Innovatively addressing those issues are critical to both the nutritional health of students and the financial strength of school feeding program budgets, according to participants in a recent Your Dairy Checkoff podcast.
The podcast, developed by Dairy Management Inc., was hosted by Alex Peterson, Missouri dairy farmer and chair of the National Dairy Promotion and Research Board, and Audrey Donahoe, New York dairy farmer, chair of the National Dairy Council and chair of the American Dairy Association North East.
“Milk is an extremely important part of our business,” said Mark Bordeau, director of food services, Broome-Tioga Board of Cooperative Educational Services (BOCES) in Broome and Tioga counties in New York.
The cooperative provides child nutrition services for 15 school districts in southern New York, providing approximately 13,000 breakfasts and 20,000 lunches daily, along with snacks and other food offerings. Bordeau is also immediate past president of the School Nutrition Association.
“School food service is a business. We are regulated by USDA but we are still a restaurant within those schools. Milk is a beverage that we must serve as part of the USDA requirements but want to make sure we’re serving it in the best possible environment with the largest variety we can. If we don’t, our customers won’t come in the door. It becomes part of our strategic and business plan to do the best we can to serve it in as many varieties as possible for our students.”
Doug Adams, president of Prime Consulting Group, works with Dairy Management Inc. (DMI), state and regional dairy promotion organizations and state school nutrition association chapters to evaluate milk consumption in schools and the variables that affect it. One of the aspects he emphasizes is making milk “fun and exciting” in school offerings.
“The school environment is where students get to make a choice without Mom over their shoulder … and without question, three-quarters of the choice in most cases is a flavored milk,” Adams said. “Flavors are the number one factor that students always come back to. Flavors are how they express themselves.”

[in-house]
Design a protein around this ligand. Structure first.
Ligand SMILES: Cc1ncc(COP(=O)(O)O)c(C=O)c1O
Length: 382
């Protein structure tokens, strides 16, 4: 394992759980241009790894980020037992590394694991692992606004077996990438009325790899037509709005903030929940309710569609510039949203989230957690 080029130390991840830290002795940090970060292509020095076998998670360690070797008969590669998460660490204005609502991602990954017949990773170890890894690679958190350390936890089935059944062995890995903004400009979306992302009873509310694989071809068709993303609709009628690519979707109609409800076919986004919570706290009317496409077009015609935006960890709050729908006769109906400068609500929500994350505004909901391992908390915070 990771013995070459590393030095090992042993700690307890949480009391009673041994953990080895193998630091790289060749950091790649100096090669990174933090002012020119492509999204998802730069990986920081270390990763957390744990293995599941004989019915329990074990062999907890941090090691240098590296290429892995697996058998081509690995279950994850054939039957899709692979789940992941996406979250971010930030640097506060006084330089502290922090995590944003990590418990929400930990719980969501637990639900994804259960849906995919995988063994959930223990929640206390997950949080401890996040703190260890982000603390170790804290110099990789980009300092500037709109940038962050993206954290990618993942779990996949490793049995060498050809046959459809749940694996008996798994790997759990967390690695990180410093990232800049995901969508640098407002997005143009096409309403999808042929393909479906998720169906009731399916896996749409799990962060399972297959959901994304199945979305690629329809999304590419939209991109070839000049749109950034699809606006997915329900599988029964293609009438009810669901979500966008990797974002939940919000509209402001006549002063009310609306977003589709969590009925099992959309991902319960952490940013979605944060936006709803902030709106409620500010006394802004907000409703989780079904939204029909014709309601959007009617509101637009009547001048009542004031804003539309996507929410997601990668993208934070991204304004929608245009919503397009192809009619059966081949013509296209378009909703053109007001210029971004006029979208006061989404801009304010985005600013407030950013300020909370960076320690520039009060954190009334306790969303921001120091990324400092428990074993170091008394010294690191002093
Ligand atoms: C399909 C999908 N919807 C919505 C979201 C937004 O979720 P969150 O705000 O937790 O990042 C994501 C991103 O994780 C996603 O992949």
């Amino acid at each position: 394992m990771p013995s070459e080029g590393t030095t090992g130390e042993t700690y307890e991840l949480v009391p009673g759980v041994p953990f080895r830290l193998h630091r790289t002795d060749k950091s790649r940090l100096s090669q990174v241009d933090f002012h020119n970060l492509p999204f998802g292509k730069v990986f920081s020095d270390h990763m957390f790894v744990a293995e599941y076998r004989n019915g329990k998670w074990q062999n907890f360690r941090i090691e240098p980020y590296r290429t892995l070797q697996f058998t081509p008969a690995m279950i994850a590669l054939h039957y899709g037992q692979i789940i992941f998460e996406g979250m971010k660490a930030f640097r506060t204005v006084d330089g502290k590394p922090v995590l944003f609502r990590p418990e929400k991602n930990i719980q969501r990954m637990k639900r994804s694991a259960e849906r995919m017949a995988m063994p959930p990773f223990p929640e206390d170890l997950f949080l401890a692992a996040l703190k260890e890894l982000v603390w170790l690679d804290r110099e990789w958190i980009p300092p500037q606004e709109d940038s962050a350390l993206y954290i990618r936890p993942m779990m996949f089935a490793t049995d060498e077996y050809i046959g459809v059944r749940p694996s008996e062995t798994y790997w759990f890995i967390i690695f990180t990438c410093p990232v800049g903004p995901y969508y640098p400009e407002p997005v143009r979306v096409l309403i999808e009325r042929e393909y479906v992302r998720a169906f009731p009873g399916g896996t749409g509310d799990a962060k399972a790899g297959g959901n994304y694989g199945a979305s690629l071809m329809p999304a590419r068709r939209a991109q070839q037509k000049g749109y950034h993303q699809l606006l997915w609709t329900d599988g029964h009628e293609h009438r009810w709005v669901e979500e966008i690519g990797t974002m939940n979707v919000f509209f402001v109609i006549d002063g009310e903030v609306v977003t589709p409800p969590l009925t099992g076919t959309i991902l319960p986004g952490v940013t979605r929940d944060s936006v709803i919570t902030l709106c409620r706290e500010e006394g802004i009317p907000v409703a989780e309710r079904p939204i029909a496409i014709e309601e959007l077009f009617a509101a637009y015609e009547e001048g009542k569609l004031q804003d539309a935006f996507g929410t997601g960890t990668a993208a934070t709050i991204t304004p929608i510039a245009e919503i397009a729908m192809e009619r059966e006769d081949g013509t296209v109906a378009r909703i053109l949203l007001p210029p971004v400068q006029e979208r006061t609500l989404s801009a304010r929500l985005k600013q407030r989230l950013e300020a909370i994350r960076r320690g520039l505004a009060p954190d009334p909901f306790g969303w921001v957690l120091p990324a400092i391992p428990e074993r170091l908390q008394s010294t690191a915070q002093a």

Meeting student demands for flavor improves consumption levels, he added.
“We find that if a district had been offering fat-free flavors and they change it to 1% fat, they will see an 8% increase in their chocolate milk sales and a 2% increase in overall milk consumption because the mouthfeel and the taste is better,” Adams said.
Another aspect of growing importance to school boards dealing with the finances of school meals and milk is “local,” Bordeau said. New York’s farm-to-school program provides financial incentives to purchase locally grown and processed food items, including dairy. Other states, including Michigan, Vermont and California, have or are implementing similar incentive programs, he said.
Meeting both student nutrition and school budget needs in what Adams called a “controlled chaos” environment requires innovation. Current pilot projects utilizing new in-school milk dispensers, vending machines delivering entire breakfasts and shelf-stable products are among new innovations being tried around the country, he explained.
Innovation includes increasing the varieties of milk offered in schools, Bordeau added.
“Anything we can do to serve the milk in the best possible way, in the largest variety possible to our students, we want to do it because we know how important that milk is to the healthy growth of the child, both mentally and physically,” he said.
Bordeau said federal requirements limiting milkfat content has led to a decline in milk consumption in schools. He agrees with dairy farmers who urge serving higher-fat varieties of milk in schools.
Currently, Adams said, milk is part of about 52% of school meals. That leaves plenty of room for growth. “If we’re successful in making it more exciting, cooler, easier from a supply chain perspective, we could literally almost double the amount of milk the students consume in schools. To me, that’s where I think we could go.”
Bordeau said increasing school meal participation will help address the challenge of school budgets. At the same time, there are new financial challenges faced by schools. Those include labor and trucking shortages that require less frequent but larger deliveries of milk to schools, adding to refrigeration capacity requirements.